freqs.each {|word, freq| puts word+' '+freq.to_s}

Or, inspired by the concision of William Turkel’s Python word frequency code, you could do it like this:

#replace 'filename.txt' with the file you want to process
words ='filename.txt') {|f| }.split
words.each { |word| freqs[word] += 1 }
freqs.sort_by {|x,y| y }.reverse.each {|w, f| puts w+' '+f.to_s}

Further Enhancements

And there we have it. There are definitely some improvements you might want to make.

You’ll probably want to convert your ‘text’ string to all lowercase or all uppercase
so that ‘Ruby’ and ‘ruby’ don’t get counted separately.

You may want to strip the text of sgml/xml tags before you split it into words.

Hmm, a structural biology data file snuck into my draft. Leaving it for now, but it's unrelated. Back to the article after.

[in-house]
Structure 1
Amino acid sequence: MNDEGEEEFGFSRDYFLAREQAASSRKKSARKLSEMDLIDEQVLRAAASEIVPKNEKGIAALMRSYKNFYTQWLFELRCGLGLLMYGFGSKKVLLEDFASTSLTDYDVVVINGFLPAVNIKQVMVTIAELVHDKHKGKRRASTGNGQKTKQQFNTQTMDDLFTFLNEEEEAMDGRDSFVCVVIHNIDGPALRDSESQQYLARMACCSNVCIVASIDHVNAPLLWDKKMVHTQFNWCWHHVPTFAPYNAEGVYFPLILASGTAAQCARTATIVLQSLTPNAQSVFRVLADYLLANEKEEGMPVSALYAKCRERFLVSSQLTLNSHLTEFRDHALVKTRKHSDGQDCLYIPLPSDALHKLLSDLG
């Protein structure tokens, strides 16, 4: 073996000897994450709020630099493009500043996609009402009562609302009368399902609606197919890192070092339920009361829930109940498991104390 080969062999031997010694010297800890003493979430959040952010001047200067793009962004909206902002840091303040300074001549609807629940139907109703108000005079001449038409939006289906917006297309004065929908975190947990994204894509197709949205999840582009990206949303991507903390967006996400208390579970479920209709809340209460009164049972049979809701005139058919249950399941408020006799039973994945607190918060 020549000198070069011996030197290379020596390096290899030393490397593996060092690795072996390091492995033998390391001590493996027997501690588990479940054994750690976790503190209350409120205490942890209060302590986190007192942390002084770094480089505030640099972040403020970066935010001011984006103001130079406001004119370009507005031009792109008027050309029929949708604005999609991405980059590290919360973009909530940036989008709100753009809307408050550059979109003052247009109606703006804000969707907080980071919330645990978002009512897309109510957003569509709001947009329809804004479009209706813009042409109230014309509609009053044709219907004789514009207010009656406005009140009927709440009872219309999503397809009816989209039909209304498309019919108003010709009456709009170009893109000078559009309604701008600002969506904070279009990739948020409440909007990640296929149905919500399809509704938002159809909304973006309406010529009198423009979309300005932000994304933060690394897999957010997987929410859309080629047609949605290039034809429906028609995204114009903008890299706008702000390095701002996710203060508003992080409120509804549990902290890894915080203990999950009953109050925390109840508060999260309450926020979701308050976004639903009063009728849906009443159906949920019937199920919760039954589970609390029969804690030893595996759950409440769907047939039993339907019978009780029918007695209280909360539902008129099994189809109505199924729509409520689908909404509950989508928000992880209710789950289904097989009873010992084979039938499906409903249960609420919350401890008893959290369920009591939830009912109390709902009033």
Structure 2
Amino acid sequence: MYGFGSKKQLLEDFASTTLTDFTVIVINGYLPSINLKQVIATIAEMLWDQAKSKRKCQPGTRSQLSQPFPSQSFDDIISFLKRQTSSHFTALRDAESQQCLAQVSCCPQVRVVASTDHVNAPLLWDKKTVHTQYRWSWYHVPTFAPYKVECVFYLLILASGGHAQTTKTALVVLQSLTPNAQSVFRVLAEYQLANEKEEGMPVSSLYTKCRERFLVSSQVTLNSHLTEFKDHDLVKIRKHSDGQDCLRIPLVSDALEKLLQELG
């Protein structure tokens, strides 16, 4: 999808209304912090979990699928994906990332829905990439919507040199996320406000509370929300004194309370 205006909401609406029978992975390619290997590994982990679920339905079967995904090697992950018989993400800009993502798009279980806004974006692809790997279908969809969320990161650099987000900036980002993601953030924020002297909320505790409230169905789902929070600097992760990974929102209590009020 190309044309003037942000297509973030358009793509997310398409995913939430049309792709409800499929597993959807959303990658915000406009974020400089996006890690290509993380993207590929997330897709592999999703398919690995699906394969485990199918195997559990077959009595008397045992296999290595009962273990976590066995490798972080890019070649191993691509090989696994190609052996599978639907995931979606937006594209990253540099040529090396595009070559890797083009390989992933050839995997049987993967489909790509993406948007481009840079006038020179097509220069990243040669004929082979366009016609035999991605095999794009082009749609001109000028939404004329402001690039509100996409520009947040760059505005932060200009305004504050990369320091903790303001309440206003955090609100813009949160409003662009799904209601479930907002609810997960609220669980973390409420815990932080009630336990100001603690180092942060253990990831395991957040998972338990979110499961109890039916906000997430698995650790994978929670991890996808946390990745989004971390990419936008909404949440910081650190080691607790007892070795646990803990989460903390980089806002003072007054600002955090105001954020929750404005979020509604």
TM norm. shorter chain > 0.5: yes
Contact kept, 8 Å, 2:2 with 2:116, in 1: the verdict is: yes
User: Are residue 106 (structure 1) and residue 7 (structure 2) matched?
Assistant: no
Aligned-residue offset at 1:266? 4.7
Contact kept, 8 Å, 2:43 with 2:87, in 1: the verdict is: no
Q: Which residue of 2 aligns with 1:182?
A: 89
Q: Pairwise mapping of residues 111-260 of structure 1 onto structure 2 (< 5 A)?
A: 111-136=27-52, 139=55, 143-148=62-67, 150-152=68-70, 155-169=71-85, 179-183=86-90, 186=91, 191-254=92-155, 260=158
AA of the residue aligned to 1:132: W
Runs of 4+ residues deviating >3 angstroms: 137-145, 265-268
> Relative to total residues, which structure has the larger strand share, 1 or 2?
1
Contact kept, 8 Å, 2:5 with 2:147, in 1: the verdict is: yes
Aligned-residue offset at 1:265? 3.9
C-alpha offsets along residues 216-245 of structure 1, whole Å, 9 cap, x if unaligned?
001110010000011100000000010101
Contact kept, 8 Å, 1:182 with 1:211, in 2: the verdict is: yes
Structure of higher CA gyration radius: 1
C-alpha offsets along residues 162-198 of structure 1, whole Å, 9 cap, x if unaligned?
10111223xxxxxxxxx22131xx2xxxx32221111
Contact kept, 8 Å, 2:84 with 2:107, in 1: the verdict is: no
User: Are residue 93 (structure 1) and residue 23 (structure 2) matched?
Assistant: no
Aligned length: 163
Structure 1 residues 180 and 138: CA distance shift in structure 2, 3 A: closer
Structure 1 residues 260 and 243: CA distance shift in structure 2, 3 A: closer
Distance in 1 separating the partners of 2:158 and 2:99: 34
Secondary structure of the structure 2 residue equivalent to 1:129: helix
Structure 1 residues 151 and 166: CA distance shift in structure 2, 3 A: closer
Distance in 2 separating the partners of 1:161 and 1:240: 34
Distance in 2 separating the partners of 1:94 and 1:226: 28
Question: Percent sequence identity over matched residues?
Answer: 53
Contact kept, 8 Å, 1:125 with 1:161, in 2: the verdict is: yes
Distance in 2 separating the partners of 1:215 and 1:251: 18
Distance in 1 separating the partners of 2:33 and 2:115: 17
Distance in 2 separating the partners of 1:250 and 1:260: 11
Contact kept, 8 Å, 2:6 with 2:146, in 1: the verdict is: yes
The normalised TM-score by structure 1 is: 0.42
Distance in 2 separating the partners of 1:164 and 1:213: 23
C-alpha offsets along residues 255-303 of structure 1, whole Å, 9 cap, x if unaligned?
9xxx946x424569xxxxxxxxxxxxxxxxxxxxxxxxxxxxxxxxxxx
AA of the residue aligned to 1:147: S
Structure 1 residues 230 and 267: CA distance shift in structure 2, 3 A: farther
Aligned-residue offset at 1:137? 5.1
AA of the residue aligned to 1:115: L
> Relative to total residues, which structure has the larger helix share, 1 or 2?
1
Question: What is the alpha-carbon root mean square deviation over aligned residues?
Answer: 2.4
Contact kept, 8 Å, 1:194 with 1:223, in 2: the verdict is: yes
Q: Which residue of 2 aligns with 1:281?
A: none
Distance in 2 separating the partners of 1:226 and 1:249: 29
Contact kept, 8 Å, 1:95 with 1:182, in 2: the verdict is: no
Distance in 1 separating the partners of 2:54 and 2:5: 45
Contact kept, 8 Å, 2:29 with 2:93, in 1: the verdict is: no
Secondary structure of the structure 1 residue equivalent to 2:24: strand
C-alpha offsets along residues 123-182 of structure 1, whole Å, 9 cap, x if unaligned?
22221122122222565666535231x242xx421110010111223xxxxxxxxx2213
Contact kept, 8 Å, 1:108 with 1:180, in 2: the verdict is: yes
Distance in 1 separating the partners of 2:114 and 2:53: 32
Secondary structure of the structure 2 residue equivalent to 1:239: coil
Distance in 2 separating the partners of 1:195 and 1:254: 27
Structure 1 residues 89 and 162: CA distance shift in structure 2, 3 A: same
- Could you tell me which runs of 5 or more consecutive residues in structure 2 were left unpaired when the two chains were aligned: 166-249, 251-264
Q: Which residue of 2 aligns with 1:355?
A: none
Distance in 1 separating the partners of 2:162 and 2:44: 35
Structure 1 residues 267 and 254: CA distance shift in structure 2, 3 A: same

You may want to convert plural nouns to singular, or normalise verb endings, or remove
any words that also occur in a stop-list (a list of very frequent common words that
you want to ignore).

You might make it work through a web browser instead of the
command line.

Best of all is if you make a customisation that is interesting to you
and your text, but isn’t already covered by the text analysis software currently
available. Please share your ideas for text analysis innovations in the Comments.

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Text Analysis with PHP tutorial

The English Department at Stanford run a Literature and Technology course that goes through some basic exercises with xml and php for humanities scholars.You can see the index at
If you already know something about xml and php, the meaty part is:
which walks you through writing a word-frequency script.

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Authoring Born TEI